About a month ago, I finally admitted to myself, my husband, and to God that I just don’t know how to trust. Not myself, nor other people, and sometimes, not God.
This epiphany came from a headfirst dive into the work of Aundi Kolber in Try Softer, a book about doing the opposite of what my mind tells me I must do. My mind pushes me: Do more. Work harder. Be everything to everyone. Be strong. Be soft. Be positive, not heavy. Be wary, but love well too. Think it through, but don’t overthink it.
All the lies I’d heard whispered to my soul shaped a woman who was too scared to move in any direction, who questioned every decision, and who even questioned her own sanity at times. But with this book, I began to unwind the tangled yarns of my broken and weary inner world. My mind, my heart, my soul—every piece of me needed mending.
But I still filled my life with busyness. My first two months of freelance work were so full that they resembled a full-time job. Because of my migraines, I was supposed to be pulling back, not charging forward. Yet, because it’s my tragic flaw, I picked up my pen and yelled “Charge!” as I accepted too many offers and sent out unnecessary more. I was afraid if I didn’t build the momentum constantly, it wouldn’t be enough to carry me long-term.
Every week that went by without some kind of positive growth, my heart beat its battle drum, running forward with no sure plan, only the absolute terror of being overcome—overrun—if I didn’t do something; if I didn’t act now. Then came mid-July and August. Some projects got pushed back, others just never came to fruition. Everything that goes up must come down, right? Well, my business went up, up, up—and then, silence. Crickets. I thought surely it was curtains for my short-lived freelance career.
But in these moments on the precipice of down, on the scramble to the foot of the mountain, I learned to breathe. And in that breath, I learned to trust what I heard: God’s calling, “Trust Me.” So, I slowed, as if my very breath needed to “try softer.” Instead of scrambling down, clawing for purchase anywhere I could get a handhold, this morning I realized I needed to take it slower. Softer.
With footfalls gently gracing the path down, I let my eyes wander around. And I begin to see beauty even here. Beauty in slow mornings and coffee stains on Bible pages. Beauty in starting a new journal because the old one is too full. Beauty in front porch swings sheltered from the rain as friends chat in hushed voices, as if in awe of the silence, the breath the Creator has given us. Beauty in the freedom to go slow, to learn new, to remember old, to curl up with worn out books and cozy blankets. Beauty in grieving loss and embracing restoration in so very many areas of my life.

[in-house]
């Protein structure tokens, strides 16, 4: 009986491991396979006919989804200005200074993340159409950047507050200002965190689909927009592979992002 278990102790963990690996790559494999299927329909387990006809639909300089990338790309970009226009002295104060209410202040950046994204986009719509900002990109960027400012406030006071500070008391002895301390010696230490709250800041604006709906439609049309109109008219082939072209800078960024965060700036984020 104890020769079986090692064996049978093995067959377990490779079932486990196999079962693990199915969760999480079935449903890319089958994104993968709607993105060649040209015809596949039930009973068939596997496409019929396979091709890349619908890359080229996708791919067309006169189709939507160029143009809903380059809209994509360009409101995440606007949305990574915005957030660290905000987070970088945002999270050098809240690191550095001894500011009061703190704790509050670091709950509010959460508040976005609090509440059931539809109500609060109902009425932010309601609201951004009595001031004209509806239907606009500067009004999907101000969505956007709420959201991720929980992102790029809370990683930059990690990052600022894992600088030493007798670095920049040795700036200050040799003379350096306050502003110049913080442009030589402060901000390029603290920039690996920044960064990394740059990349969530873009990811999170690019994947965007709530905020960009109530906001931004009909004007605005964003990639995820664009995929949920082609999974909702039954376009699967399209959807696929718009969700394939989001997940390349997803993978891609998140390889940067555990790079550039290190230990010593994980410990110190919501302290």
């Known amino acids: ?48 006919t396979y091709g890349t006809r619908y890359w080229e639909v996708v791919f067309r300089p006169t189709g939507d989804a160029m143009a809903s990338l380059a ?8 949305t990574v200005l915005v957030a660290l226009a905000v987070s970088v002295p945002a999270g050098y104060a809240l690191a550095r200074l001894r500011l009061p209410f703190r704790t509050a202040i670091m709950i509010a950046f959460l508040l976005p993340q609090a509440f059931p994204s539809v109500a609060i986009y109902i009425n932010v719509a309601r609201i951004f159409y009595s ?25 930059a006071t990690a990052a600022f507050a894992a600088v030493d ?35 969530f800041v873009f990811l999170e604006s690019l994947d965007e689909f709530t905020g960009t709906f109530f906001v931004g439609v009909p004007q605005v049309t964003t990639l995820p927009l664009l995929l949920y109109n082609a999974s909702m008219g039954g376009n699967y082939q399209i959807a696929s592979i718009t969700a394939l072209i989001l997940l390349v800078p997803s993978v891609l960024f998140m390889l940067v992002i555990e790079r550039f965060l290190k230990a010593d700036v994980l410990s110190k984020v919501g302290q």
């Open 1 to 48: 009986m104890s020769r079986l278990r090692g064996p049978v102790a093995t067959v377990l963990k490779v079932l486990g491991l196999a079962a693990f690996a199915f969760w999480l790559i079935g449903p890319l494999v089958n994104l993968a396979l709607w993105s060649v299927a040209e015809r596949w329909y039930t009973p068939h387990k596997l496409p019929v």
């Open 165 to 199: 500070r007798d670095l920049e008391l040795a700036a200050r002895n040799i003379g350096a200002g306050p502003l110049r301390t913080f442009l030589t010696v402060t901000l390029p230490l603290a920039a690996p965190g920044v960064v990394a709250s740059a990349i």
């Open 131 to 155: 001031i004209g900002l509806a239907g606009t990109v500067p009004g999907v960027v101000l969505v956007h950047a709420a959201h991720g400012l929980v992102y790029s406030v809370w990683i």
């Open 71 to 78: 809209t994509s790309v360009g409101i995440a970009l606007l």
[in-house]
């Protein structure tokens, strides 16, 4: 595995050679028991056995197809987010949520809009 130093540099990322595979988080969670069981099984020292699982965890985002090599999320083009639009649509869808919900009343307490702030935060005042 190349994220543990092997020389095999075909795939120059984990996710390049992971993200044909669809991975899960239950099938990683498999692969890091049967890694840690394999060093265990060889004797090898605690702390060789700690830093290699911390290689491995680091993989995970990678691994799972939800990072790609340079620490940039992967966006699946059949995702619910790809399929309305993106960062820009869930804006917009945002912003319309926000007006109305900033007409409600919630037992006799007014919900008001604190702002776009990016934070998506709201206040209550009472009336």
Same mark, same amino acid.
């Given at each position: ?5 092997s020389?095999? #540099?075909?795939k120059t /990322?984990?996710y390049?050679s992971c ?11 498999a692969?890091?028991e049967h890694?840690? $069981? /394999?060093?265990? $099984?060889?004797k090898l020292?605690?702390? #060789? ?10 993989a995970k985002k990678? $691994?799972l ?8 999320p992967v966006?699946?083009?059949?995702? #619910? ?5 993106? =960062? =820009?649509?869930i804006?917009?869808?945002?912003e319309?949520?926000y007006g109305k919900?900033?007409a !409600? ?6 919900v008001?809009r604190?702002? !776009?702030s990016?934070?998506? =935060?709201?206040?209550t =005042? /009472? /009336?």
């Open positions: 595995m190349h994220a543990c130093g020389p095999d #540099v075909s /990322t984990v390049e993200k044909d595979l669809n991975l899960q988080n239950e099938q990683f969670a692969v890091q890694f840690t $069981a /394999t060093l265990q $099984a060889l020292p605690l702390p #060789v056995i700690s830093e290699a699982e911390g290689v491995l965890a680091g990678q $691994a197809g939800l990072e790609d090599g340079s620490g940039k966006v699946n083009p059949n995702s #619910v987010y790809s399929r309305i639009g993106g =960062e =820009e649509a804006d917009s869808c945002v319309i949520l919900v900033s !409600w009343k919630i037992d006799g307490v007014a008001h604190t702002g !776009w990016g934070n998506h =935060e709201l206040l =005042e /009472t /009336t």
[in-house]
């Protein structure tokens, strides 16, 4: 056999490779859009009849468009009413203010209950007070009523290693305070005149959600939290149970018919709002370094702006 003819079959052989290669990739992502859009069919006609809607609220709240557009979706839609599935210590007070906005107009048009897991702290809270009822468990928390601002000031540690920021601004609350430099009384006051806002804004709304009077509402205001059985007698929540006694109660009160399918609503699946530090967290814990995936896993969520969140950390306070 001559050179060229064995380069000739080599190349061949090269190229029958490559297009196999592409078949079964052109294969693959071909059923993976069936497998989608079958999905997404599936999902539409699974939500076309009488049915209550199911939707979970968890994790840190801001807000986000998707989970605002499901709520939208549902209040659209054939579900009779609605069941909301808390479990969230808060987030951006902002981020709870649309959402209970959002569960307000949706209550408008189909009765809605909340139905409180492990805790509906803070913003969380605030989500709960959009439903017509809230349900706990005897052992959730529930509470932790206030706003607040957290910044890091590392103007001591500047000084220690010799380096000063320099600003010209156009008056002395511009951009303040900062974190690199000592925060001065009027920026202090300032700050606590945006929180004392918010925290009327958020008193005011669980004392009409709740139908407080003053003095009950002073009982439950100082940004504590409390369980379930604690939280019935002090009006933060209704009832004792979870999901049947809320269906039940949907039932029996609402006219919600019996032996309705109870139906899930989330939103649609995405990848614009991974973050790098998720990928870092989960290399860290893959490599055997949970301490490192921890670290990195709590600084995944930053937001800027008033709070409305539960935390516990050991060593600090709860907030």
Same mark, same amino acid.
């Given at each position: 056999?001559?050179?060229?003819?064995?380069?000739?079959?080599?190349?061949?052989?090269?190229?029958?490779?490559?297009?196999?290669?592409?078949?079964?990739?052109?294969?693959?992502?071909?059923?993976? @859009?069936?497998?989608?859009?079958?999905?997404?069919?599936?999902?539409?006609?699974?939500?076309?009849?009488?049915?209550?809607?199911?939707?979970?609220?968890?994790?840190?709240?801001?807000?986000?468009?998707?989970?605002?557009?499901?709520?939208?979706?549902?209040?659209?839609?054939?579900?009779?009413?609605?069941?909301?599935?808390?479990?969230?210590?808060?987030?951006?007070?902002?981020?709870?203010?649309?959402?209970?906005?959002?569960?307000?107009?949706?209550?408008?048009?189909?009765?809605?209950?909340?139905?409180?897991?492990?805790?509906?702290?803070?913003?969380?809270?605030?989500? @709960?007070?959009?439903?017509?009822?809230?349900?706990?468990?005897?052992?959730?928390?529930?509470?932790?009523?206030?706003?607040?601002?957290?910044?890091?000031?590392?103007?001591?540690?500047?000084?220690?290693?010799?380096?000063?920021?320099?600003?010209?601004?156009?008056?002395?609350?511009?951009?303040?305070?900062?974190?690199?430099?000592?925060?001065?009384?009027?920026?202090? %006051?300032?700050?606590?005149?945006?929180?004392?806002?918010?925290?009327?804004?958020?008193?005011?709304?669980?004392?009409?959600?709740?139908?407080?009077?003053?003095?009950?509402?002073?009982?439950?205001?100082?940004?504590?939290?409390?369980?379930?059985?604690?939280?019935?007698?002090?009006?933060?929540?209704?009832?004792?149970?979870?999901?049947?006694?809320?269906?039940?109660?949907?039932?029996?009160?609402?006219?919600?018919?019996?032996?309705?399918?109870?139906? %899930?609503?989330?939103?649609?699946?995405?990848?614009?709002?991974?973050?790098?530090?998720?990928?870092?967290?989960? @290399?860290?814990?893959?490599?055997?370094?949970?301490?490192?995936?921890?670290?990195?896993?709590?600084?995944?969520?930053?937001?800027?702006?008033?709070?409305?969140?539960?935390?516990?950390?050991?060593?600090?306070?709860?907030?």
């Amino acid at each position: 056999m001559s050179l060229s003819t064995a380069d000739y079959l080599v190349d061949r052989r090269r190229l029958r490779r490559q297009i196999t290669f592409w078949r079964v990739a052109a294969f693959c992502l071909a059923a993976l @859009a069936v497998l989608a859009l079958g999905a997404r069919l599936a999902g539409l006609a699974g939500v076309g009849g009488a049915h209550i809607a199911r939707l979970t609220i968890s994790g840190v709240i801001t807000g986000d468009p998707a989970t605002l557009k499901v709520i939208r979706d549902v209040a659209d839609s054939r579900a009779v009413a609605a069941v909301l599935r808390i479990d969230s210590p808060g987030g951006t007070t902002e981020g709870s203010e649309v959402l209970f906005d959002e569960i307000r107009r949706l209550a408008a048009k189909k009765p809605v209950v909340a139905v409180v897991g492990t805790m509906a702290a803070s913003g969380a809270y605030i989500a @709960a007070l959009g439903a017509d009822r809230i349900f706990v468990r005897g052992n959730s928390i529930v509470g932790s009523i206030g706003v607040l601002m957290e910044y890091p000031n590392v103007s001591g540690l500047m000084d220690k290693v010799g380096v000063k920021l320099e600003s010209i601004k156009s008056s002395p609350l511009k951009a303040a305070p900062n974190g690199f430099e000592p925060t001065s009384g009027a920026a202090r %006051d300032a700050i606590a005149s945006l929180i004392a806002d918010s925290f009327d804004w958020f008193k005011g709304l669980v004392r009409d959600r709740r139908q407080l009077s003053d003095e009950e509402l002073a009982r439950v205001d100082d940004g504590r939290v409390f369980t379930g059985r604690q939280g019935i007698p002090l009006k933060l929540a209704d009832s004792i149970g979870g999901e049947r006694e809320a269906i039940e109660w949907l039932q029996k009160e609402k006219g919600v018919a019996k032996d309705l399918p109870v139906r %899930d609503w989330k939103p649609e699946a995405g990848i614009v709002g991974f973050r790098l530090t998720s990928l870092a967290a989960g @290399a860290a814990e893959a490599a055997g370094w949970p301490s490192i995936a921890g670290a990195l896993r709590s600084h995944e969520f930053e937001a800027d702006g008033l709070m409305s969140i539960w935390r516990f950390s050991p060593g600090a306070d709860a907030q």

Beauty in a heart stripped raw, cleared out to be built up again.
As the One who gave us heart and breath says, “I will give you a new heart and put a new spirit in you; I will remove from you your heart of stone and give you a heart of flesh” (Ezekiel 36:26 CSB). And I know that’s what He’s doing in me. He’s teaching me anew to breathe. Breathe in grace. Breathe in and wait for Him to move.
Beauty comes in the waiting, too. Now, as I breathe and try softer, I see what He’s been doing around and in me. He’s teaching me to trust, just like I asked Him to do the day I admitted my lack. Ultimately, He’s teaching me to trust Him for all, but He’s also teaching me to trust the people He’s given me, to trust His working through me rather than my own skill, and to trust that having room to grow isn’t a bad thing at all.
There is breath, there is beauty, in the valley too.
Here, the sun paints the grass with golden light. Everything is lush and thriving. Rivers run around and through. Wildflowers in luminous color crest the hills and dot the horizon. And I realize that I can thrive here too. I can thrive in healing that runs soul deep. I can thrive in resting and resetting. I can thrive in quenching my thirst as the living water rushes in to refresh years-long weariness and readies me for the building to come.
For more on Aundi Kolber and Try Softer, check out these links.